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Could an employee's alleged acts be hospital negligence?

Thanks to advances in the medical field, doctors are better prepared to treat illness today than they were centuries ago. Additionally, medical personnel in Pennsylvania are better able to help patients manage their pain. Despite these advances, many patients find themselves suffering as a result of harm caused by medical staff. For example, personnel at an out-of-state hospital are contacting patients to let them know they could have potentially been exposed to three different blood borne diseases as a result of the alleged actions of a hospital employee, likely prompting some to question whether hospital negligence may have been a factor.

The issue involves a 53-year-old man hired to be a registered pharmacist at the hospital. Officials believe that he took morphine that was meant for intravenous solutions and replaced them with saline. The man was arrested in January and now faces multiple criminal charges, including drug tampering and possession, as a result.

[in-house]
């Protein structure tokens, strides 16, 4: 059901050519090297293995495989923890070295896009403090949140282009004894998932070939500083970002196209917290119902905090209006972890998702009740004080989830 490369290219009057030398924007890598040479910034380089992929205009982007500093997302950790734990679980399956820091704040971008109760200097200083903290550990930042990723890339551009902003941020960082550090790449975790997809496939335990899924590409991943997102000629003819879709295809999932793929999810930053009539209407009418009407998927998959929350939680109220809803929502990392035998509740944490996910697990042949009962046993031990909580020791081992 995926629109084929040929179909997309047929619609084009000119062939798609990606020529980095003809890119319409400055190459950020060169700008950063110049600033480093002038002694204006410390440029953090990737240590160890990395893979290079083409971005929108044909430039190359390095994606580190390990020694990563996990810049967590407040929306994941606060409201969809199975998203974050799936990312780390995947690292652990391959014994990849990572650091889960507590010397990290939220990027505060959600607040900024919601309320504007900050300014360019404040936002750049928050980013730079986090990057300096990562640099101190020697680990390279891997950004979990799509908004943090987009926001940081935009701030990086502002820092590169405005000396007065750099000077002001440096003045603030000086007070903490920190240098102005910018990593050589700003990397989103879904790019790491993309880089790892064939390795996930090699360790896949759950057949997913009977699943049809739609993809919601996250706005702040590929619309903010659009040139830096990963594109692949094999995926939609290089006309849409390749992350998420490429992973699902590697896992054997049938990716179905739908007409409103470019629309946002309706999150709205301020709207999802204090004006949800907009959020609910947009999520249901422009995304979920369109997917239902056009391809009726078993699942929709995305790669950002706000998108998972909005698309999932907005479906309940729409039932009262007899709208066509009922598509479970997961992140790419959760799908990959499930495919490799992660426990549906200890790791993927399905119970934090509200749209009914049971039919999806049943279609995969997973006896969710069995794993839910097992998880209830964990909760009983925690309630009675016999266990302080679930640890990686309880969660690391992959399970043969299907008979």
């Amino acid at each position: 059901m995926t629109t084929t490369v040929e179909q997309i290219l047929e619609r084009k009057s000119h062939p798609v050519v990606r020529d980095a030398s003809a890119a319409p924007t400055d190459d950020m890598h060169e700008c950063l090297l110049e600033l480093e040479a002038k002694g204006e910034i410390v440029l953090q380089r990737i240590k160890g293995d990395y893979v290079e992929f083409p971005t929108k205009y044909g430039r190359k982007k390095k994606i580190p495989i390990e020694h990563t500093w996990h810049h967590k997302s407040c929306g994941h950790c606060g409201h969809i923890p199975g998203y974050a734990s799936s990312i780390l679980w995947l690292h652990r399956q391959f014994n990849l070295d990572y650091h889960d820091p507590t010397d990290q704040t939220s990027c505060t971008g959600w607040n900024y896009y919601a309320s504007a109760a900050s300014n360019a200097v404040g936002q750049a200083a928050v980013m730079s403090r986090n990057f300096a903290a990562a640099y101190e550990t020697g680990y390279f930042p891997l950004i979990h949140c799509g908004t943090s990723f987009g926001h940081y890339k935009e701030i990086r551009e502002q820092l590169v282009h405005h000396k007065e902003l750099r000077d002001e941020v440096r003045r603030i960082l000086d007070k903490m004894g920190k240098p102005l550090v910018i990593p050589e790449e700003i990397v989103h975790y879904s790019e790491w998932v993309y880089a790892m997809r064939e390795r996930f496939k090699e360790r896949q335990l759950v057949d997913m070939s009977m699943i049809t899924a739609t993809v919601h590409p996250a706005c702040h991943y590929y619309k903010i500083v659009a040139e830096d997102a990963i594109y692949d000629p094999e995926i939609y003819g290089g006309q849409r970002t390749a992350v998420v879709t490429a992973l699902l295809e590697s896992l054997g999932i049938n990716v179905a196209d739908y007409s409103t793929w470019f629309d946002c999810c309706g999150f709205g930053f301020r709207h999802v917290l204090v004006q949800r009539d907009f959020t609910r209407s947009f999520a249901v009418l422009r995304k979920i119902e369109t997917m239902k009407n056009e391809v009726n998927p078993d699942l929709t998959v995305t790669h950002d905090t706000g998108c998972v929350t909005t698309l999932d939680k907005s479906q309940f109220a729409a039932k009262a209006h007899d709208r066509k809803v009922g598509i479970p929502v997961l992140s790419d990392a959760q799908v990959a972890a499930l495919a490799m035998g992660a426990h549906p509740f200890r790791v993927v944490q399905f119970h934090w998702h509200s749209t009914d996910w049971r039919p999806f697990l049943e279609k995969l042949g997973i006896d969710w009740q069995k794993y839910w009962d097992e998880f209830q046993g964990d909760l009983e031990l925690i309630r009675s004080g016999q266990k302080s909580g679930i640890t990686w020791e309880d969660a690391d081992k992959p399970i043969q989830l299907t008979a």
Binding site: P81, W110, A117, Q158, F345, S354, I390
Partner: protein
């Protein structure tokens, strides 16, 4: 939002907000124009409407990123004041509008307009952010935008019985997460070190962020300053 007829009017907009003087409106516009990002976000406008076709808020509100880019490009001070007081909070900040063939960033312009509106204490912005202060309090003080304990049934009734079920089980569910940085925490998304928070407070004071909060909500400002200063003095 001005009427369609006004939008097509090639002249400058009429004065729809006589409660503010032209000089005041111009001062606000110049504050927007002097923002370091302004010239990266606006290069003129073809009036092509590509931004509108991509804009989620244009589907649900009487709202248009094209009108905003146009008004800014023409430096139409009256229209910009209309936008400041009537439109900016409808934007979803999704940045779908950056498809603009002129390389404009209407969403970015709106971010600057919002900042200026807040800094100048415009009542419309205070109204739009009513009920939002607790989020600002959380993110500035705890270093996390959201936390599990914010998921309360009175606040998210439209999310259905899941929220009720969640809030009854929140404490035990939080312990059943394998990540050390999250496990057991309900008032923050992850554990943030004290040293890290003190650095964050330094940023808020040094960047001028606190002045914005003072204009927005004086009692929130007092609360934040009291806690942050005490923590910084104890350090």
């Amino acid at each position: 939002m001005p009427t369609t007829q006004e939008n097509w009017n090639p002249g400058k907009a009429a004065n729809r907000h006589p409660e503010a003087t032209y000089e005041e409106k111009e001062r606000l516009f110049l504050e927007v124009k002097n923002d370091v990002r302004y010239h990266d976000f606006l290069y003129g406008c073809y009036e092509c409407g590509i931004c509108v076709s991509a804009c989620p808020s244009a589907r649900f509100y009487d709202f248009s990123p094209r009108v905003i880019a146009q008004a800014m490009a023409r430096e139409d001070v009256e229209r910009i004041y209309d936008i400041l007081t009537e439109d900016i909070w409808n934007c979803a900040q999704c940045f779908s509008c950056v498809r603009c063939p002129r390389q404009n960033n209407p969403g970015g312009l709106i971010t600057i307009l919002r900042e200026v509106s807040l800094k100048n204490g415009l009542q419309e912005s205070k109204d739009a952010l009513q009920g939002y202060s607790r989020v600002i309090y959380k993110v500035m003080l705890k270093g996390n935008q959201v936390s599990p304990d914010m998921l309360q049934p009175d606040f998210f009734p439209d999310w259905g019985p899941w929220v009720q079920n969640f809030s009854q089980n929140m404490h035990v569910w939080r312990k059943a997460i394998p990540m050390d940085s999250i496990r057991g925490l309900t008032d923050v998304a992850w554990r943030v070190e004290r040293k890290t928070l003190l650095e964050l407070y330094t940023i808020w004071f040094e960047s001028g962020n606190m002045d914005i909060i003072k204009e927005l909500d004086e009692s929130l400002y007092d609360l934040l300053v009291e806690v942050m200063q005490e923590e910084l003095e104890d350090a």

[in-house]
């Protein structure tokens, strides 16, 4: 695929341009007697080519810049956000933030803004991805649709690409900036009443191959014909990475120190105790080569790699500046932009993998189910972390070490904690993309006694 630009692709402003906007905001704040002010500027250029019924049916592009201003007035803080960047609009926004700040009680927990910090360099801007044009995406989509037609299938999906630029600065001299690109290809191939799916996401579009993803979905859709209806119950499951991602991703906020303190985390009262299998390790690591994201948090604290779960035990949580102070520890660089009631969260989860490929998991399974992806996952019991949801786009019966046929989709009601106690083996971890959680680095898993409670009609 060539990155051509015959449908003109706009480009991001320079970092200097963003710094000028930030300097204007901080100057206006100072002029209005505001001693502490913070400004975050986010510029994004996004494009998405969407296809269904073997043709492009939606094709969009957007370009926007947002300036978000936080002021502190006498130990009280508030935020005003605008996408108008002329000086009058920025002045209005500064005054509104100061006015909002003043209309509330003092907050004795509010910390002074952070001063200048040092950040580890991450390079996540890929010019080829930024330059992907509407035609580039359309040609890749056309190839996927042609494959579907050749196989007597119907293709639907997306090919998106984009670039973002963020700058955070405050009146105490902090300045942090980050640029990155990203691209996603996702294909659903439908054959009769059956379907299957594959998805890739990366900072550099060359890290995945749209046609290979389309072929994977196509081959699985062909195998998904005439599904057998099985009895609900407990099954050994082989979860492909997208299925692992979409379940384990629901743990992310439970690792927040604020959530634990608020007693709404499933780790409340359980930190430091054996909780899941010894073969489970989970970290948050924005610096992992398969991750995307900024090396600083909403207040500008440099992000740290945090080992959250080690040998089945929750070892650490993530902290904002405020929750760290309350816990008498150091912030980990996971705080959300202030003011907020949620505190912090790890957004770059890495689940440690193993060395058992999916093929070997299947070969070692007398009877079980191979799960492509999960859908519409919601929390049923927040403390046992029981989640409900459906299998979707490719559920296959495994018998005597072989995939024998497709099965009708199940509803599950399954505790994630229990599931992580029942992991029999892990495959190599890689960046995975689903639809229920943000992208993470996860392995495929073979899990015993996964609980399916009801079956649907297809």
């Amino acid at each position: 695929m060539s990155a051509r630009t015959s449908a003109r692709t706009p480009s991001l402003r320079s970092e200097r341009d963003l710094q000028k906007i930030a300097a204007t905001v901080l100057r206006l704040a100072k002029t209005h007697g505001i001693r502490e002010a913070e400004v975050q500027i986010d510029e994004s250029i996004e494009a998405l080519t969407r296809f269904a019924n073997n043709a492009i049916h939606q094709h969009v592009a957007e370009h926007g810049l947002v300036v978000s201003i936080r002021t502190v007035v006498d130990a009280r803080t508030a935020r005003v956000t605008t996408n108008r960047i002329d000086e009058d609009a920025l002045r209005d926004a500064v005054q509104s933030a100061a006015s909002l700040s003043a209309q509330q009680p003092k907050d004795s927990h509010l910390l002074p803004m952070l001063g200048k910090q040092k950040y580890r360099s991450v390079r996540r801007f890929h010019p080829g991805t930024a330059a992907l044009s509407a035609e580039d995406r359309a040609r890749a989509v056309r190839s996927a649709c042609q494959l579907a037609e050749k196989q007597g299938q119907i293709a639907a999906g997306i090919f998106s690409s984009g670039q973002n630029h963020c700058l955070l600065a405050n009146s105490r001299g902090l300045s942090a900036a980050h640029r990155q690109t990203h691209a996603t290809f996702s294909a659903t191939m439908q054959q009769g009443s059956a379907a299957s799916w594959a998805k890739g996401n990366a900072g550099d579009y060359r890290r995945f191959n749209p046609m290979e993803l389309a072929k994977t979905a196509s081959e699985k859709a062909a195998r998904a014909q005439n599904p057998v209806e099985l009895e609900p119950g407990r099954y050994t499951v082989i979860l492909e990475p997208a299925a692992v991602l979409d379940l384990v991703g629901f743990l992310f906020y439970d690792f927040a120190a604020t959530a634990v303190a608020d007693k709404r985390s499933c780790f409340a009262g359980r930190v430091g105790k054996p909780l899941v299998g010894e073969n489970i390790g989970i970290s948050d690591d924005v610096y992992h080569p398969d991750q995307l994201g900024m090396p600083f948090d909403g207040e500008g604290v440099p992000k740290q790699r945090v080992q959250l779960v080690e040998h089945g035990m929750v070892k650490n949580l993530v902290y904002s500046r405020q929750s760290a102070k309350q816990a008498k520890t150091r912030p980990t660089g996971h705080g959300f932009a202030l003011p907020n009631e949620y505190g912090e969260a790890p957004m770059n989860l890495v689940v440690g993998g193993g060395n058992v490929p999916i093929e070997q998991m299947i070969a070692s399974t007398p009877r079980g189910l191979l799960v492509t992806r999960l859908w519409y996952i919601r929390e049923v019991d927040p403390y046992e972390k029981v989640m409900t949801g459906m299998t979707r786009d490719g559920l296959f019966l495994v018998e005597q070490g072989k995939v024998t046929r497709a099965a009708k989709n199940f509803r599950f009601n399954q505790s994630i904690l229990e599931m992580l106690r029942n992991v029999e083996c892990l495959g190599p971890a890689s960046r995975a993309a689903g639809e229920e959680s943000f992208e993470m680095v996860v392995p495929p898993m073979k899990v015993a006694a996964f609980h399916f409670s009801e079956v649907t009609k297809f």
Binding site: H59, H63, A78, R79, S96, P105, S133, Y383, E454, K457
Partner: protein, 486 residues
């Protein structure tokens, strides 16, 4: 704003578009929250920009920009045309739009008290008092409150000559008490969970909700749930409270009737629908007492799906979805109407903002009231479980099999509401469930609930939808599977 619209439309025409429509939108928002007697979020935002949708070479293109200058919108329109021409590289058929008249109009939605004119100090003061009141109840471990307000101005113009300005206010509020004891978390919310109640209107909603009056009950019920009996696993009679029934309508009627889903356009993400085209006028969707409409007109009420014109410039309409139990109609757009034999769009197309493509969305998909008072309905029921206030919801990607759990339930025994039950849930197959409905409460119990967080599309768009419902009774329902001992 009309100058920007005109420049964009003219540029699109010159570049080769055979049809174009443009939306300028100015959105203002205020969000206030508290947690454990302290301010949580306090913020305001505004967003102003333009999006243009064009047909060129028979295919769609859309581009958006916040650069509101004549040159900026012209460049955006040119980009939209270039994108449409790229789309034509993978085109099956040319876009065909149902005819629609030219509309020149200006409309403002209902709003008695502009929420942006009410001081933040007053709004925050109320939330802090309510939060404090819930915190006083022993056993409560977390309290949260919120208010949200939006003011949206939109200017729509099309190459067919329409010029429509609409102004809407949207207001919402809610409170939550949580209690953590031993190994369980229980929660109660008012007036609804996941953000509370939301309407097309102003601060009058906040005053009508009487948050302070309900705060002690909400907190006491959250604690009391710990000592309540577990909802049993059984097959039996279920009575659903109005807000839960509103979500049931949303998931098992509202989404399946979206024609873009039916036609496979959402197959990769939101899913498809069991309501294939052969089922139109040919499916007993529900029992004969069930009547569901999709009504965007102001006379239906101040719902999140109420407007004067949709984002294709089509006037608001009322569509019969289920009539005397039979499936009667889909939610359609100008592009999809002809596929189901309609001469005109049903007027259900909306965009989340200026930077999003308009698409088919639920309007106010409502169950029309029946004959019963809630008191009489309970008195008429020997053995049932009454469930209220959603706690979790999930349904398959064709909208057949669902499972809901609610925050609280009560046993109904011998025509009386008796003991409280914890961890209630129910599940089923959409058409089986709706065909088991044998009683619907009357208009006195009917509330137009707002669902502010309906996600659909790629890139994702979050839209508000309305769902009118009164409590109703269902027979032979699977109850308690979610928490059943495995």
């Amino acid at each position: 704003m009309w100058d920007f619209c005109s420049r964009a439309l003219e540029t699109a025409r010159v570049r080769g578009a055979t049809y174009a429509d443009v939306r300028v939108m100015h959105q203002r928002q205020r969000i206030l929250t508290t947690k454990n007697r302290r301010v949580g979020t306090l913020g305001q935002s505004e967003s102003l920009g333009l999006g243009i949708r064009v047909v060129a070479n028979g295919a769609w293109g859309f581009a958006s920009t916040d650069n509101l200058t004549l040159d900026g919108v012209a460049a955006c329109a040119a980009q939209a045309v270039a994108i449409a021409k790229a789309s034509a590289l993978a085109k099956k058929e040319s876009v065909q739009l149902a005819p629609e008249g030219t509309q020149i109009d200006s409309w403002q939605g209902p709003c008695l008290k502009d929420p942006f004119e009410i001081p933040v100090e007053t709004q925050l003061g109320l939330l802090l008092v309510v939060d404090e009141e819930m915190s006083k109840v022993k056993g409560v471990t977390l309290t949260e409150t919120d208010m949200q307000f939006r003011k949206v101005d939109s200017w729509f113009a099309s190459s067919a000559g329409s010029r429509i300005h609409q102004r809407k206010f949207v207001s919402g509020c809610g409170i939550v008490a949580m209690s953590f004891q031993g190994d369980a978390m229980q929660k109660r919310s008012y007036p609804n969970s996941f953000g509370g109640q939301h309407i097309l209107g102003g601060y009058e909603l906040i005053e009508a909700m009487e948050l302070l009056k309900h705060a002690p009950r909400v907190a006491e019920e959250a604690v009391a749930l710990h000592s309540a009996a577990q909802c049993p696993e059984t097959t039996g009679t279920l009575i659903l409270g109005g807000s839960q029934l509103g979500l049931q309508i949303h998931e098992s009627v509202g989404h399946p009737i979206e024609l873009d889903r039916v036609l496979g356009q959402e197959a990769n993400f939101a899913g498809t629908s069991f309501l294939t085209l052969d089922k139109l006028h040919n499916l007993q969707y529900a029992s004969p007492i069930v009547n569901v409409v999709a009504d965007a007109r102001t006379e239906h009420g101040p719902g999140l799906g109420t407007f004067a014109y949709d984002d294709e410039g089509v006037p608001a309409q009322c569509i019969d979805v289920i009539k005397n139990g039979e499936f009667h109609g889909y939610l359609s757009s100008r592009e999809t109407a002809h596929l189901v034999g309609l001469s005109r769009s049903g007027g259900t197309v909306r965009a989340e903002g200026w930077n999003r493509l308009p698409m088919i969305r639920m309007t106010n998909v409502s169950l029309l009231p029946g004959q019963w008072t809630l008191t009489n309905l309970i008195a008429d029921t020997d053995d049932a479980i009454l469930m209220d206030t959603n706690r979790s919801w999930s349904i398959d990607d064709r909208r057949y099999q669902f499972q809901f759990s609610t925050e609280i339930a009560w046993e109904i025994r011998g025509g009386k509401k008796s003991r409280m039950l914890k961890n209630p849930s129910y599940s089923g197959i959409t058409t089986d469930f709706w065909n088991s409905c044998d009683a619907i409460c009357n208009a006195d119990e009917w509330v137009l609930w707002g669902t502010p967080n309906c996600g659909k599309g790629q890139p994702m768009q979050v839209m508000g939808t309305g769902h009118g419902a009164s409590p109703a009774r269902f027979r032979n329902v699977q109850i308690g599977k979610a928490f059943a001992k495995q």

Hospital officials have notified over 200 patients who received such drugs between June 2013 and Sept. 2014 that they should be tested for HIV and hepatitis B and C. The hospital is offering free testing. One potentially affected patient who tested negative for the diseases questions why it took officials a year and a half to notify patients about the potential issue as people could have been sick and without treatment during that time.

It is hard to imagine the anguish that a person would feel knowing that he or she has been exposed to a serious pathogen through the actions of a pharmacist at a hospital. Patients are likely wondering how the man's alleged actions were undetected for so long. While this case occurred out-of-state, there are many in Pennsylvania who have also suffered as a result of medical malpractice. For some, filing a civil lawsuit was the best option to seek recompense for harm caused by hospital negligence.

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